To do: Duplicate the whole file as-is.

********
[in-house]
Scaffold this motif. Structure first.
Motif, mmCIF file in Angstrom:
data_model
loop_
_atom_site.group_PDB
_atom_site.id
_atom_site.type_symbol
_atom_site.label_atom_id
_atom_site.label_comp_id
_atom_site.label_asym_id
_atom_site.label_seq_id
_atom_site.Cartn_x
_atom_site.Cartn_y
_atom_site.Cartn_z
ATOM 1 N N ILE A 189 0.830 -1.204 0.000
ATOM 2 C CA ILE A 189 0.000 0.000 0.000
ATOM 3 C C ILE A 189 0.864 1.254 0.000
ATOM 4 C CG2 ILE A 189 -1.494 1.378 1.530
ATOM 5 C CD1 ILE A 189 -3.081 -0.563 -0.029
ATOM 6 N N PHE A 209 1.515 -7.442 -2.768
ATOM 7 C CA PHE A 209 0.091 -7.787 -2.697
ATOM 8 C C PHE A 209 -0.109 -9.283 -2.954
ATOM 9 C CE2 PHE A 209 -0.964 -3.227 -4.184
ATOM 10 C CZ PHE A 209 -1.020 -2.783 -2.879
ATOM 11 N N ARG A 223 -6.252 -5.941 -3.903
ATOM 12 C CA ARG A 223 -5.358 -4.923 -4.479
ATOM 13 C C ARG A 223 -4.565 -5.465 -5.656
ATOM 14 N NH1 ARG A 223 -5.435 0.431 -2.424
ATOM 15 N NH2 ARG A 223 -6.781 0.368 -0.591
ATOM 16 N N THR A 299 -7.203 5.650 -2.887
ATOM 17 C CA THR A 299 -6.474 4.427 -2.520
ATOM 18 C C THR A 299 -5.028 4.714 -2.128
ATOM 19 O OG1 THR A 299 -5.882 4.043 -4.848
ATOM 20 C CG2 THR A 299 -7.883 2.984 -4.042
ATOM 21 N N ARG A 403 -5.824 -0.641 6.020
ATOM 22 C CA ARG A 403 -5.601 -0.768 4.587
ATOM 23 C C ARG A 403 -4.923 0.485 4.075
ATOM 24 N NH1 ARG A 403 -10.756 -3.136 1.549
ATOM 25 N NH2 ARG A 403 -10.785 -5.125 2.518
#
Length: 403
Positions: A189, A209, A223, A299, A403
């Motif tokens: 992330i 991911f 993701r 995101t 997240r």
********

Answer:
[in-house]
Scaffold this motif. Structure first.
Motif, mmCIF file in Angstrom:
data_model
loop_
_atom_site.group_PDB
_atom_site.id
_atom_site.type_symbol
_atom_site.label_atom_id
_atom_site.label_comp_id
_atom_site.label_asym_id
_atom_site.label_seq_id
_atom_site.Cartn_x
_atom_site.Cartn_y
_atom_site.Cartn_z
ATOM 1 N N ILE A 189 0.830 -1.204 0.000
ATOM 2 C CA ILE A 189 0.000 0.000 0.000
ATOM 3 C C ILE A 189 0.864 1.254 0.000
ATOM 4 C CG2 ILE A 189 -1.494 1.378 1.530
ATOM 5 C CD1 ILE A 189 -3.081 -0.563 -0.029
ATOM 6 N N PHE A 209 1.515 -7.442 -2.768
ATOM 7 C CA PHE A 209 0.091 -7.787 -2.697
ATOM 8 C C PHE A 209 -0.109 -9.283 -2.954
ATOM 9 C CE2 PHE A 209 -0.964 -3.227 -4.184
ATOM 10 C CZ PHE A 209 -1.020 -2.783 -2.879
ATOM 11 N N ARG A 223 -6.252 -5.941 -3.903
ATOM 12 C CA ARG A 223 -5.358 -4.923 -4.479
ATOM 13 C C ARG A 223 -4.565 -5.465 -5.656
ATOM 14 N NH1 ARG A 223 -5.435 0.431 -2.424
ATOM 15 N NH2 ARG A 223 -6.781 0.368 -0.591
ATOM 16 N N THR A 299 -7.203 5.650 -2.887
ATOM 17 C CA THR A 299 -6.474 4.427 -2.520
ATOM 18 C C THR A 299 -5.028 4.714 -2.128
ATOM 19 O OG1 THR A 299 -5.882 4.043 -4.848
ATOM 20 C CG2 THR A 299 -7.883 2.984 -4.042
ATOM 21 N N ARG A 403 -5.824 -0.641 6.020
ATOM 22 C CA ARG A 403 -5.601 -0.768 4.587
ATOM 23 C C ARG A 403 -4.923 0.485 4.075
ATOM 24 N NH1 ARG A 403 -10.756 -3.136 1.549
ATOM 25 N NH2 ARG A 403 -10.785 -5.125 2.518
#
Length: 403
Positions: A189, A209, A223, A299, A403
């Motif tokens: 992330i 991911f 993701r 995101t 997240r």